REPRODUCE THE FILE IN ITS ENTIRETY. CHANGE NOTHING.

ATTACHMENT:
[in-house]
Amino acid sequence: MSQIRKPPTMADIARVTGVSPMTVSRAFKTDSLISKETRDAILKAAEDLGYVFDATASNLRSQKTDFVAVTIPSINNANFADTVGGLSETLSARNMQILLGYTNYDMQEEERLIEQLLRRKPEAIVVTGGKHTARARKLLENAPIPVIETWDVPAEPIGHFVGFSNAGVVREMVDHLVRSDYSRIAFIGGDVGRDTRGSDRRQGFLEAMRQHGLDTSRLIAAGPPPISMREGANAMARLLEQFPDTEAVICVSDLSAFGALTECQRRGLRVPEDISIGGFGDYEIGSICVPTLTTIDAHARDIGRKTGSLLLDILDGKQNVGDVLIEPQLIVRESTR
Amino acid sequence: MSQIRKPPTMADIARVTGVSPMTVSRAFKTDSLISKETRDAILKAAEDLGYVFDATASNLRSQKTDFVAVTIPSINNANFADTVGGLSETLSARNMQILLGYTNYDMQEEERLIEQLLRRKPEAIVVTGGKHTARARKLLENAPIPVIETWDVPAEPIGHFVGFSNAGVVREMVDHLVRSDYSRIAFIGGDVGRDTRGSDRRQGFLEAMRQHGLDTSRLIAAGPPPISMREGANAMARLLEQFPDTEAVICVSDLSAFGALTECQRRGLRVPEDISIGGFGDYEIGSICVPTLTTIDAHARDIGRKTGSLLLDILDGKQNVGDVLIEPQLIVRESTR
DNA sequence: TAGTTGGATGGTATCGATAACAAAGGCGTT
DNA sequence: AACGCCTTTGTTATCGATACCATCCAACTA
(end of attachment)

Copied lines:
[in-house]
Amino acid sequence: MSQIRKPPTMADIARVTGVSPMTVSRAFKTDSLISKETRDAILKAAEDLGYVFDATASNLRSQKTDFVAVTIPSINNANFADTVGGLSETLSARNMQILLGYTNYDMQEEERLIEQLLRRKPEAIVVTGGKHTARARKLLENAPIPVIETWDVPAEPIGHFVGFSNAGVVREMVDHLVRSDYSRIAFIGGDVGRDTRGSDRRQGFLEAMRQHGLDTSRLIAAGPPPISMREGANAMARLLEQFPDTEAVICVSDLSAFGALTECQRRGLRVPEDISIGGFGDYEIGSICVPTLTTIDAHARDIGRKTGSLLLDILDGKQNVGDVLIEPQLIVRESTR
Amino acid sequence: MSQIRKPPTMADIARVTGVSPMTVSRAFKTDSLISKETRDAILKAAEDLGYVFDATASNLRSQKTDFVAVTIPSINNANFADTVGGLSETLSARNMQILLGYTNYDMQEEERLIEQLLRRKPEAIVVTGGKHTARARKLLENAPIPVIETWDVPAEPIGHFVGFSNAGVVREMVDHLVRSDYSRIAFIGGDVGRDTRGSDRRQGFLEAMRQHGLDTSRLIAAGPPPISMREGANAMARLLEQFPDTEAVICVSDLSAFGALTECQRRGLRVPEDISIGGFGDYEIGSICVPTLTTIDAHARDIGRKTGSLLLDILDGKQNVGDVLIEPQLIVRESTR
DNA sequence: TAGTTGGATGGTATCGATAACAAAGGCGTT
DNA sequence: AACGCCTTTGTTATCGATACCATCCAACTA